Braid, No Coast

Megan Seling

By Megan Seling

on 07.08.14 in Reviews

I’m so glad Braid broke up. It’s not that I wasn’t sorry to see them go — I was — but their 1999 break-up spared fans from having to watch the Illinois-based band press on well past their expiration, the same way so many of their late-’90s emo peers did (coughjimmyeatworldcough).

A stellar comeback

After hearing No Coast, Braid’s first full-length album since disbanding, I’m even more confident the temporary disappearing act was worth it; No Coast is a stellar comeback.

“Bang” starts by teasing us with 20 seconds of pretty, unremarkable guitar fiddling. It isn’t clear that No Coast is anything worth getting excited about until singer Bob Nanna cries out the title — “Bang!” — and the song explodes.

No Coast


And with that, Braid returns in full, employing the familiar glittery guitar, patient drum work, and melodies that manage to be both fragmented but fluid thanks to the band’s ability to flawlessly shift time signatures.

Though the music may be familiar, No Coast boasts a much bigger and brighter production thanks to Will Yip, who’s also worked with Tigers Jaw, Man Overboard, and Title Fight. And the vocals on songs like “Damages,” “Lux” and “Put Some Wings on that Kid” are delivered with a playfulness that didn’t seem to exist before. On “Lux,” Nanna sings “You don’t really wanna sit around and give up/ as long as we’re living we should live it up” and you can practically hear the smile on his lips.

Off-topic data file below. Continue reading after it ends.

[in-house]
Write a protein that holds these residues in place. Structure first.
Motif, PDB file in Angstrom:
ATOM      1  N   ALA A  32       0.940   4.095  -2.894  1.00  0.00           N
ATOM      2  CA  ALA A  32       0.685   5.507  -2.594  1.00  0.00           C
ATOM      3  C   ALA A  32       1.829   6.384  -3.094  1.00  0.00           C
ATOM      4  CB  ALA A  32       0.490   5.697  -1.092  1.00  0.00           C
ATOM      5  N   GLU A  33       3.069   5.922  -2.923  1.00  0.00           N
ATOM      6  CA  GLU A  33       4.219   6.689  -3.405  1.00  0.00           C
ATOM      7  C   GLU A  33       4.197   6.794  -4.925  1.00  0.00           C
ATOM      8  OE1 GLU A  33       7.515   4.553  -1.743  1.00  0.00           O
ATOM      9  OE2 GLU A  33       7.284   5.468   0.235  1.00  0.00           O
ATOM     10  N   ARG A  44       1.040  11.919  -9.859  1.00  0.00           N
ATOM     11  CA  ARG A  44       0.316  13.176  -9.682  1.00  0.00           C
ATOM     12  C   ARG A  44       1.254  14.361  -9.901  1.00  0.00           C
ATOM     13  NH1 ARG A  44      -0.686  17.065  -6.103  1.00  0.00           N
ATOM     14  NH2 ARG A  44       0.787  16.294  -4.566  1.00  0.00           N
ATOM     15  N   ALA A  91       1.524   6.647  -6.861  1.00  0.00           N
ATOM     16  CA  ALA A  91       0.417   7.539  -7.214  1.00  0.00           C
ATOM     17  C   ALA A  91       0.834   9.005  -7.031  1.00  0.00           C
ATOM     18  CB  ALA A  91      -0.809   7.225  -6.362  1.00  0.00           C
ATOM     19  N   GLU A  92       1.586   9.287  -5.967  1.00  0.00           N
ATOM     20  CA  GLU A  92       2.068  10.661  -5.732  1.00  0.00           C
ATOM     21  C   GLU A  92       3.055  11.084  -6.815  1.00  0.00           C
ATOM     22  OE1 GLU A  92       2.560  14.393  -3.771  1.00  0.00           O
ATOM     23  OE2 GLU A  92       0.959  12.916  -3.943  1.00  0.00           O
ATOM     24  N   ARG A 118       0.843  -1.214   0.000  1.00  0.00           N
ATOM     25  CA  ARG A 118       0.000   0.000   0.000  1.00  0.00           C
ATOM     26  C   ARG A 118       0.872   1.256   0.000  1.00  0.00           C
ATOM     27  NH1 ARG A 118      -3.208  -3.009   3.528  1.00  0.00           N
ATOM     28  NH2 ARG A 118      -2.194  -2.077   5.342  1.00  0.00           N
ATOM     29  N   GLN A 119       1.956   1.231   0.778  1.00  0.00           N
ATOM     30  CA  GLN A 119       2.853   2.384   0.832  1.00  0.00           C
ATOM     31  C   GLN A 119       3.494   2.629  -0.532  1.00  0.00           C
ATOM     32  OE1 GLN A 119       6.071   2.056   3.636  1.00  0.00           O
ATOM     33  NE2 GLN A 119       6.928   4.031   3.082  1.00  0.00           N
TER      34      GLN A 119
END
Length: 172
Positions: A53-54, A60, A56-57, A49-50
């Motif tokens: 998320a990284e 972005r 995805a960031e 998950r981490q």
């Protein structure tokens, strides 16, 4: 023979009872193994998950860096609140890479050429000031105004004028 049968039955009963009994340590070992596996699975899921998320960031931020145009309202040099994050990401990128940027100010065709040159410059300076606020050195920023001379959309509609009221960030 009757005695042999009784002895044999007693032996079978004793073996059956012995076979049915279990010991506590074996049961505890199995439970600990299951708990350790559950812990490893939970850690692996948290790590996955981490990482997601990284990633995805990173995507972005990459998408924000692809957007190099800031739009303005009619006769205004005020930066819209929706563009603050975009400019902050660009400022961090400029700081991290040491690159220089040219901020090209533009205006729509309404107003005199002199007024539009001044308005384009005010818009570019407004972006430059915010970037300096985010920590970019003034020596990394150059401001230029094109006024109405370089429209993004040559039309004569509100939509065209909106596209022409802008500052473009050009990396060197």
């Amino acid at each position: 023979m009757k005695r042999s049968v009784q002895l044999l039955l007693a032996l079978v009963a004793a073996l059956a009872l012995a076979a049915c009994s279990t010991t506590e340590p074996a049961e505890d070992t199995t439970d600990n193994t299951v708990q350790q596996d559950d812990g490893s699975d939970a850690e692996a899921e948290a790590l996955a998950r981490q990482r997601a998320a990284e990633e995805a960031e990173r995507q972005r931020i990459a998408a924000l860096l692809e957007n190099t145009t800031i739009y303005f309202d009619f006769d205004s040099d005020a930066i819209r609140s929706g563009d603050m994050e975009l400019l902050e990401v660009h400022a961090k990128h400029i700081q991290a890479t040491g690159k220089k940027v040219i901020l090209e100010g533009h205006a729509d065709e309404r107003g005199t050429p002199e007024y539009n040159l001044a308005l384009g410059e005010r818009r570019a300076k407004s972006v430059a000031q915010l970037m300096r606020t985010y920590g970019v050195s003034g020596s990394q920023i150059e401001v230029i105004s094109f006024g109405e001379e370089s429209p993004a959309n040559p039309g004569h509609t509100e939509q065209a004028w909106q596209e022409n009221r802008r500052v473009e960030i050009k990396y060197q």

Once upheld as emo’s poster boys, today’s Braid is having fun, giving us all permission to turn to our teenage selves, the ones who put “Forever Got Shorter” on every mixtape we ever made, and say “Lighten up, kid.”

I’m glad you left us, Braid. But I’m even happier about the fact that we finally have you back.